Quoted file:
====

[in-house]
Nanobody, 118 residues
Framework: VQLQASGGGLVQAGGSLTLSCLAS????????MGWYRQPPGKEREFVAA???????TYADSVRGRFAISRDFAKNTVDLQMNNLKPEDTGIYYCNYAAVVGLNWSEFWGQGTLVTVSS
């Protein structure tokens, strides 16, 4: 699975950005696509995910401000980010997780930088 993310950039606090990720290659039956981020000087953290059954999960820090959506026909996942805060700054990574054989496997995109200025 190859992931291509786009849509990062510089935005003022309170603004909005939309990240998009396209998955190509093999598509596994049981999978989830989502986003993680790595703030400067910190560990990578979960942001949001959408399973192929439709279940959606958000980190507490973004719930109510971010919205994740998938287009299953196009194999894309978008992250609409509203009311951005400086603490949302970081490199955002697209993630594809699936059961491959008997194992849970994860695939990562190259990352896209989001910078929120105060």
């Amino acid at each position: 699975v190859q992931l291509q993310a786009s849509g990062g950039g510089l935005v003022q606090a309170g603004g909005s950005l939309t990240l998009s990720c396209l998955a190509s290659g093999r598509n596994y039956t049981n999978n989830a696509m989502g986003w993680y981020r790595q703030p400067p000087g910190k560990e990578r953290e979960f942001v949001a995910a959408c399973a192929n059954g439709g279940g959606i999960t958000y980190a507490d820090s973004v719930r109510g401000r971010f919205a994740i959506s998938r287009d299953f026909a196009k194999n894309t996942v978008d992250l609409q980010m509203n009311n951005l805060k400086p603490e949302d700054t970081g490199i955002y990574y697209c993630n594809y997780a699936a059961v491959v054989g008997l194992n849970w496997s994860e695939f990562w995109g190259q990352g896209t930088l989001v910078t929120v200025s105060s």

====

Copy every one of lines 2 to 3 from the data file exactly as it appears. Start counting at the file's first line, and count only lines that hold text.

Nanobody, 118 residues
Framework: VQLQASGGGLVQAGGSLTLSCLAS????????MGWYRQPPGKEREFVAA???????TYADSVRGRFAISRDFAKNTVDLQMNNLKPEDTGIYYCNYAAVVGLNWSEFWGQGTLVTVSS